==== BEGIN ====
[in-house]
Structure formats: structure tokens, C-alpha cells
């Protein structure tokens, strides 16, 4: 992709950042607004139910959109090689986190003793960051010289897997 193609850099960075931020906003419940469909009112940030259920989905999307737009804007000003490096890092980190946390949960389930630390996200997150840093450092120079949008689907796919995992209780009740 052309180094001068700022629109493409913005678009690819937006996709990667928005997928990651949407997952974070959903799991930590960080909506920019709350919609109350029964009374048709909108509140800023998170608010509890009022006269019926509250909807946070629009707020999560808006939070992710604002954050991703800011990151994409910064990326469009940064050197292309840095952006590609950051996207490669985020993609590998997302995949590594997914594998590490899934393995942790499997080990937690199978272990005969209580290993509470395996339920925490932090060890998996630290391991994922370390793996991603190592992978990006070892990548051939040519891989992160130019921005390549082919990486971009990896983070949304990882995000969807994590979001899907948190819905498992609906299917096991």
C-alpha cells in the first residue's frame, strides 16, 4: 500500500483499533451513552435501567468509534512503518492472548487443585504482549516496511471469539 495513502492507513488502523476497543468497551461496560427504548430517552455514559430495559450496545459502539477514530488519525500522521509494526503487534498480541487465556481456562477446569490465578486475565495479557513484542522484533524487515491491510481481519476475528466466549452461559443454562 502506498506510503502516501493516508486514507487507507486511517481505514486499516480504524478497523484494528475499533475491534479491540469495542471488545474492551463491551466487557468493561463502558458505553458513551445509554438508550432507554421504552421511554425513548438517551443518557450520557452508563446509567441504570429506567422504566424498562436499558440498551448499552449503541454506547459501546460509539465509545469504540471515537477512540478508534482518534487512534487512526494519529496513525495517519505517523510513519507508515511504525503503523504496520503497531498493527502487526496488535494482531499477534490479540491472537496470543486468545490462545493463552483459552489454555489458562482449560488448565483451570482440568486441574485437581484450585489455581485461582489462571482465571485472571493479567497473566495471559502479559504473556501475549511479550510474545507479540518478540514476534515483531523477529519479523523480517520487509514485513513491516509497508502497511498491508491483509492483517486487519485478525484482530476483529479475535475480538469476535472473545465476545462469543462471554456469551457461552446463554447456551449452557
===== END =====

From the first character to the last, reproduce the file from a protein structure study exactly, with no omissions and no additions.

[in-house]
Structure formats: structure tokens, C-alpha cells
């Protein structure tokens, strides 16, 4: 992709950042607004139910959109090689986190003793960051010289897997 193609850099960075931020906003419940469909009112940030259920989905999307737009804007000003490096890092980190946390949960389930630390996200997150840093450092120079949008689907796919995992209780009740 052309180094001068700022629109493409913005678009690819937006996709990667928005997928990651949407997952974070959903799991930590960080909506920019709350919609109350029964009374048709909108509140800023998170608010509890009022006269019926509250909807946070629009707020999560808006939070992710604002954050991703800011990151994409910064990326469009940064050197292309840095952006590609950051996207490669985020993609590998997302995949590594997914594998590490899934393995942790499997080990937690199978272990005969209580290993509470395996339920925490932090060890998996630290391991994922370390793996991603190592992978990006070892990548051939040519891989992160130019921005390549082919990486971009990896983070949304990882995000969807994590979001899907948190819905498992609906299917096991």
C-alpha cells in the first residue's frame, strides 16, 4: 500500500483499533451513552435501567468509534512503518492472548487443585504482549516496511471469539 495513502492507513488502523476497543468497551461496560427504548430517552455514559430495559450496545459502539477514530488519525500522521509494526503487534498480541487465556481456562477446569490465578486475565495479557513484542522484533524487515491491510481481519476475528466466549452461559443454562 502506498506510503502516501493516508486514507487507507486511517481505514486499516480504524478497523484494528475499533475491534479491540469495542471488545474492551463491551466487557468493561463502558458505553458513551445509554438508550432507554421504552421511554425513548438517551443518557450520557452508563446509567441504570429506567422504566424498562436499558440498551448499552449503541454506547459501546460509539465509545469504540471515537477512540478508534482518534487512534487512526494519529496513525495517519505517523510513519507508515511504525503503523504496520503497531498493527502487526496488535494482531499477534490479540491472537496470543486468545490462545493463552483459552489454555489458562482449560488448565483451570482440568486441574485437581484450585489455581485461582489462571482465571485472571493479567497473566495471559502479559504473556501475549511479550510474545507479540518478540514476534515483531523477529519479523523480517520487509514485513513491516509497508502497511498491508491483509492483517486487519485478525484482530476483529479475535475480538469476535472473545465476545462469543462471554456469551457461552446463554447456551449452557